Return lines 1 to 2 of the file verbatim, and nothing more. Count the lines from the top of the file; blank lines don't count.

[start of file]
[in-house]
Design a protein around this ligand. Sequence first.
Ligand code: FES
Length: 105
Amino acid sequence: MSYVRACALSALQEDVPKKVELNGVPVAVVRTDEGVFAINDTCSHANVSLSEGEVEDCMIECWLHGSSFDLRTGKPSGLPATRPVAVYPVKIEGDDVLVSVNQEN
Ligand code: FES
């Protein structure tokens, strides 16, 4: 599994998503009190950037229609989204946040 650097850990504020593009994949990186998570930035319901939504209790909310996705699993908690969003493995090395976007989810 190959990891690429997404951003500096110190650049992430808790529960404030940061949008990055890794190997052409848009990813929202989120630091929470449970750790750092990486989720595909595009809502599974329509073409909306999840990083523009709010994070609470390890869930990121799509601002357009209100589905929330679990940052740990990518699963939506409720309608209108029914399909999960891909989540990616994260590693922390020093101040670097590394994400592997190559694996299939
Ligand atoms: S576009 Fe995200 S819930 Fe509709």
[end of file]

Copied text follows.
[in-house]
Design a protein around this ligand. Sequence first.